• The unfolding details about the Tegeta Escrow case resulted in the removal of four ministers back in 2014. On Saturday, the energy minister, Sospeter Muhongo, resigned over his alleged role in the affair last year that saw $180m (£116m) taken from the country’s central bank. The move follows the removal from office of the attorney general, Frederick Werema, the energy secretary, Eliakim Maswi, and the housing minister, Anna Tibaijuka, who was sacked over the transfer of $1m to her private bank account Chairs of three parliamentary committees have also resigned following the scandal: Victor Mwambalaswa, energy and minerals committee; Andrew Chenge, parliamentary budget committee; and William Ngeleja, legal affairs and governance committee.
  • Back in December 2014, Stanbic Bank Tanzania released a short statement on the-then parliamentary report on Tegeta Escrow and their role.

 

Kenya Bank Receivership Updates: June 2017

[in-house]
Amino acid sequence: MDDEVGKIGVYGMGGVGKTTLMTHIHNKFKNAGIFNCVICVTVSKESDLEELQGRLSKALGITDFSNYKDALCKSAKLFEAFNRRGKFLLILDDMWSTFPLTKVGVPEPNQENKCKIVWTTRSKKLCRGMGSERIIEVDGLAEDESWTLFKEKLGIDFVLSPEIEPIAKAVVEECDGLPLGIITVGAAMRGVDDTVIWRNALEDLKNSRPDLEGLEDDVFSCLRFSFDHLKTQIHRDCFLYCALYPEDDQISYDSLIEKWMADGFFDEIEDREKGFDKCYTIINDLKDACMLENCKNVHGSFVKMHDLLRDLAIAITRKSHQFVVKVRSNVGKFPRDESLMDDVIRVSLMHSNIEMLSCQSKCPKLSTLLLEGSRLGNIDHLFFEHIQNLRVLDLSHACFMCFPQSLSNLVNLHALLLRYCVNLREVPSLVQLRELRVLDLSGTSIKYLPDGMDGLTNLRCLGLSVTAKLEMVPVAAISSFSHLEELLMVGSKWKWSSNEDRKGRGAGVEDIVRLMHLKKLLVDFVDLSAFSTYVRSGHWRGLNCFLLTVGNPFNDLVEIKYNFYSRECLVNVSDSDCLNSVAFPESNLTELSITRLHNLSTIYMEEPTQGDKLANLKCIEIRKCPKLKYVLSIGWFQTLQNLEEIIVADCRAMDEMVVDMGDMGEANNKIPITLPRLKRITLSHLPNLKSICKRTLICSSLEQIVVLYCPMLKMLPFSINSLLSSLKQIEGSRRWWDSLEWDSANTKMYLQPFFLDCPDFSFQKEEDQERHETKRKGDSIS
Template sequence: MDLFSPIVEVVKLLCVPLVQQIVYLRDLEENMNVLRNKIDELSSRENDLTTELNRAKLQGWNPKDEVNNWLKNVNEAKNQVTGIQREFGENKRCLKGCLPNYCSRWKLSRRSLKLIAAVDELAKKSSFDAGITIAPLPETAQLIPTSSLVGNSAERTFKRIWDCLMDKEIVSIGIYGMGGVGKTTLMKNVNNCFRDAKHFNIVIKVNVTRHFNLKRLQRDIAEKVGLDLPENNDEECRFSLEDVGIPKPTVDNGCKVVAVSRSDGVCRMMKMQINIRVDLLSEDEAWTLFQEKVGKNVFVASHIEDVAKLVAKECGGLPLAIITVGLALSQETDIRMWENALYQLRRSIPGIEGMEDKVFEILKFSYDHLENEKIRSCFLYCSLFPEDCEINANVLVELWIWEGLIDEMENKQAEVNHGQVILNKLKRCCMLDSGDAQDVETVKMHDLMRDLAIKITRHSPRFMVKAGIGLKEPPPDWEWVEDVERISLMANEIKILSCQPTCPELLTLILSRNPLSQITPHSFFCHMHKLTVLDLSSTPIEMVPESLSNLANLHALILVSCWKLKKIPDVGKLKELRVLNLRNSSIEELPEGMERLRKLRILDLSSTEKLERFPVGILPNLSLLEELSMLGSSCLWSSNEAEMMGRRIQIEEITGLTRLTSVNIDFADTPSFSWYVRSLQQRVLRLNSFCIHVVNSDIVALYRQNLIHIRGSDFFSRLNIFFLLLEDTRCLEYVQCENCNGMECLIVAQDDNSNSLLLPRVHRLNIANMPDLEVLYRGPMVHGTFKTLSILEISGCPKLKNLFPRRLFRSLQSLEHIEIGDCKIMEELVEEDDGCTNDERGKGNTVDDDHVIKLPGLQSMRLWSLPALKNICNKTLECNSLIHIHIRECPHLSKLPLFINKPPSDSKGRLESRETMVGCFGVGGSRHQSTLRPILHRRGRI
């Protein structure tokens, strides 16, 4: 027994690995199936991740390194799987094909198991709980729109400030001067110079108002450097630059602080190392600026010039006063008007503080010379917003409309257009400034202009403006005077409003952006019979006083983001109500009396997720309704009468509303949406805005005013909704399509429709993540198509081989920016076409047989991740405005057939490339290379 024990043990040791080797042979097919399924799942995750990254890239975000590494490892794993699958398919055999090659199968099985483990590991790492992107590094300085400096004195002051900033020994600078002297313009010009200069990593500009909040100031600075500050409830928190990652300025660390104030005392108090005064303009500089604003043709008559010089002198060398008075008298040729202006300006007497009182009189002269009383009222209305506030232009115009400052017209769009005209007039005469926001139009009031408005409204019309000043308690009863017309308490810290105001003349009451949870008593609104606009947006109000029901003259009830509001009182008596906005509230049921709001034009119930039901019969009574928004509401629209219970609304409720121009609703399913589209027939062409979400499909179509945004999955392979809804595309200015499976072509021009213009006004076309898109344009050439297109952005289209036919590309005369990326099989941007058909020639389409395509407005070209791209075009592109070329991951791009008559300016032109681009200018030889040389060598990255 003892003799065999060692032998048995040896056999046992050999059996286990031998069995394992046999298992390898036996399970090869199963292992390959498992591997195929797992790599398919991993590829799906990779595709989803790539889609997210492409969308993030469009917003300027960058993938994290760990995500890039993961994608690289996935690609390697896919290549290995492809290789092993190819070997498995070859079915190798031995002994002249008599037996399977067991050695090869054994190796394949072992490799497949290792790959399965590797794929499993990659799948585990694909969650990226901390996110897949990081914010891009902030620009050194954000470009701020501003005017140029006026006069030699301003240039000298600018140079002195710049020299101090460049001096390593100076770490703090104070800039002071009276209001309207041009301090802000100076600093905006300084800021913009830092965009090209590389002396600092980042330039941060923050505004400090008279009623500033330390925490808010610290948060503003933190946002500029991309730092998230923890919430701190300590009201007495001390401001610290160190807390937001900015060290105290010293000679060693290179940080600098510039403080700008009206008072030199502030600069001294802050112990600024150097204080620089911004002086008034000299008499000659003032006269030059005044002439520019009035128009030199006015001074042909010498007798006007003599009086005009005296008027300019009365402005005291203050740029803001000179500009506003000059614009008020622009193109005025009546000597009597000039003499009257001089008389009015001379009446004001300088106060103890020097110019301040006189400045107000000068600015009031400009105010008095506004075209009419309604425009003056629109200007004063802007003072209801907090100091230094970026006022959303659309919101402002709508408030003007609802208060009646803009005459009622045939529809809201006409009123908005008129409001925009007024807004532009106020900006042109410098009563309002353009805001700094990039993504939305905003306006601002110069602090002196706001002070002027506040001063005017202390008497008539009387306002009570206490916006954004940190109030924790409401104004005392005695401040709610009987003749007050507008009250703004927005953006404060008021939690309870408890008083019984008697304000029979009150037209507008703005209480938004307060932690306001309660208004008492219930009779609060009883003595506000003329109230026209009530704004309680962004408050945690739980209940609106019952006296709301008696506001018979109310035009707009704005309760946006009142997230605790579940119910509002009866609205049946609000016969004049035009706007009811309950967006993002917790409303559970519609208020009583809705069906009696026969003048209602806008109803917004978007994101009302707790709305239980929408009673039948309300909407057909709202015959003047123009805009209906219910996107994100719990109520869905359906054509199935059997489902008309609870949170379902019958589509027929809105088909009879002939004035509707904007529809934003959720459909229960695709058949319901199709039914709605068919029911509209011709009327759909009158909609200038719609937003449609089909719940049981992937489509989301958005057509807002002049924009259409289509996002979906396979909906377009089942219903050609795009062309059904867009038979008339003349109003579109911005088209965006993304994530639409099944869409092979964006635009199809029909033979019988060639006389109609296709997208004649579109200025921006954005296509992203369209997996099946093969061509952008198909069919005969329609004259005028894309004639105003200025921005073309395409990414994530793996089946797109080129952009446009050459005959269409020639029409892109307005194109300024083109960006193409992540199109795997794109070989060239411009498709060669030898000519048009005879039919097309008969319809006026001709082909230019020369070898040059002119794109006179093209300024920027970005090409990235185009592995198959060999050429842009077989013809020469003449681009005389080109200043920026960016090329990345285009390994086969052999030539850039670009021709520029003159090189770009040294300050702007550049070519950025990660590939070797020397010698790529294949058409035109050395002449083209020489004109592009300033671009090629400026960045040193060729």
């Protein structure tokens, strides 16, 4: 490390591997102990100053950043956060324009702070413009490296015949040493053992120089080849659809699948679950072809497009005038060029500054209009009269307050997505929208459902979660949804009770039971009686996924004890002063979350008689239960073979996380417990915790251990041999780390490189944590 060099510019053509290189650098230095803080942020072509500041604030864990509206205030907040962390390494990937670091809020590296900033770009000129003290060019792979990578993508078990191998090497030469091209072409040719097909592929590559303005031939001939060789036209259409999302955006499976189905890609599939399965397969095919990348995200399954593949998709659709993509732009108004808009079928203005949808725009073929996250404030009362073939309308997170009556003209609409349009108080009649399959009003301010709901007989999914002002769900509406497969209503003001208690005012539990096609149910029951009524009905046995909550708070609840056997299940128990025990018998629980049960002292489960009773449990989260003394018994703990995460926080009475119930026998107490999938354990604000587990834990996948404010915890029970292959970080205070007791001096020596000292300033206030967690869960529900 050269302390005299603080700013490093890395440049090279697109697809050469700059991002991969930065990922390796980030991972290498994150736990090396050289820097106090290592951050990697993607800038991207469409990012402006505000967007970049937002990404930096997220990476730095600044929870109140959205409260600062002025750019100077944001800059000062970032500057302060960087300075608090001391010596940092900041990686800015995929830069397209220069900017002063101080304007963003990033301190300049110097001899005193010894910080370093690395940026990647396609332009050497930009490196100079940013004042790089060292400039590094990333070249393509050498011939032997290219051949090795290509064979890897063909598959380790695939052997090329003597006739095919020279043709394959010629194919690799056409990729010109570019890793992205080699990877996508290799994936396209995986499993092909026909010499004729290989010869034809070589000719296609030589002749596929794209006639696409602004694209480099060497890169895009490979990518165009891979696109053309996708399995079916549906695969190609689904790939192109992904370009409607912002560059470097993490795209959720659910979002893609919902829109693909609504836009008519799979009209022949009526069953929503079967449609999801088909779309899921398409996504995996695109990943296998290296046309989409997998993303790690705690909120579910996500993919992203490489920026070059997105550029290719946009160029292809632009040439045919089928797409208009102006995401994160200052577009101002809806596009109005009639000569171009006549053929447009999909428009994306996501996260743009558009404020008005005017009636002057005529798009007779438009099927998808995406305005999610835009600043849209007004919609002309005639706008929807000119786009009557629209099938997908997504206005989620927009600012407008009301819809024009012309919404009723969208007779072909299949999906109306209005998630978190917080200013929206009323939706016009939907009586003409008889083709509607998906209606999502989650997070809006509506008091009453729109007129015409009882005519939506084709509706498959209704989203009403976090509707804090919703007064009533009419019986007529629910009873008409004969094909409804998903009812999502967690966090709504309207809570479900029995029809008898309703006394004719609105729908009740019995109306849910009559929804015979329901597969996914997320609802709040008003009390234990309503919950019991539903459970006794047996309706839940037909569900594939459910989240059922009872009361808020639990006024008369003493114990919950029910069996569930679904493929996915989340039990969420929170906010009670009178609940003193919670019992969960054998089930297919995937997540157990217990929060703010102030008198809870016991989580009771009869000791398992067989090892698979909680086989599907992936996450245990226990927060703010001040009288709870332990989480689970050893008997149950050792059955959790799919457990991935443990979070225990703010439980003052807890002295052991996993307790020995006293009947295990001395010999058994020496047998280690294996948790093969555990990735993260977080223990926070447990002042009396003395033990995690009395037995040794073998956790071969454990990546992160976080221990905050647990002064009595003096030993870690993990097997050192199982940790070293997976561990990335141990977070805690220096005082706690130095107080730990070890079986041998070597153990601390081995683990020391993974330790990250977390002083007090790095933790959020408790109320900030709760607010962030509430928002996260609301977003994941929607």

Chase Bank: The Business Daily has unveiled the results of the bidding for Chase Bank in an ongoing receivership exit process that has been organized by the Central Bank of Kenya (CBK) .. “France’s third-largest bank by assets, Societe Generale, and Mauritius-based SBM Holdings are the frontrunners to acquire troubled Chase Bank and its subsidiary, Rafiki Microfinance.. The two have emerged top of the list of investors, including KCB Group, I&M Bank, Stanbic Bank and South Africa’s First Rand, who had expressed interest in taking over the Kenyan lender.”

Dubai Bank: The bank is in liquidation and the Kenya Deposit Insurance Corporation is calling on all depositors and creditors of the bank to show up and file their claims. During the court process, before liquidation, few depositors showed up after bad debts stalled the closed bank.

Imperial Bank: A court has just granted a 90-day extension of the receivership. It is “without prejudice” which means that the extension does not imply an endorsement of any the ongoing discussions between the shareholders of the bank, the CBK, and the KDIC. The statement ends with “a tentative timeline will be issued in the coming days.”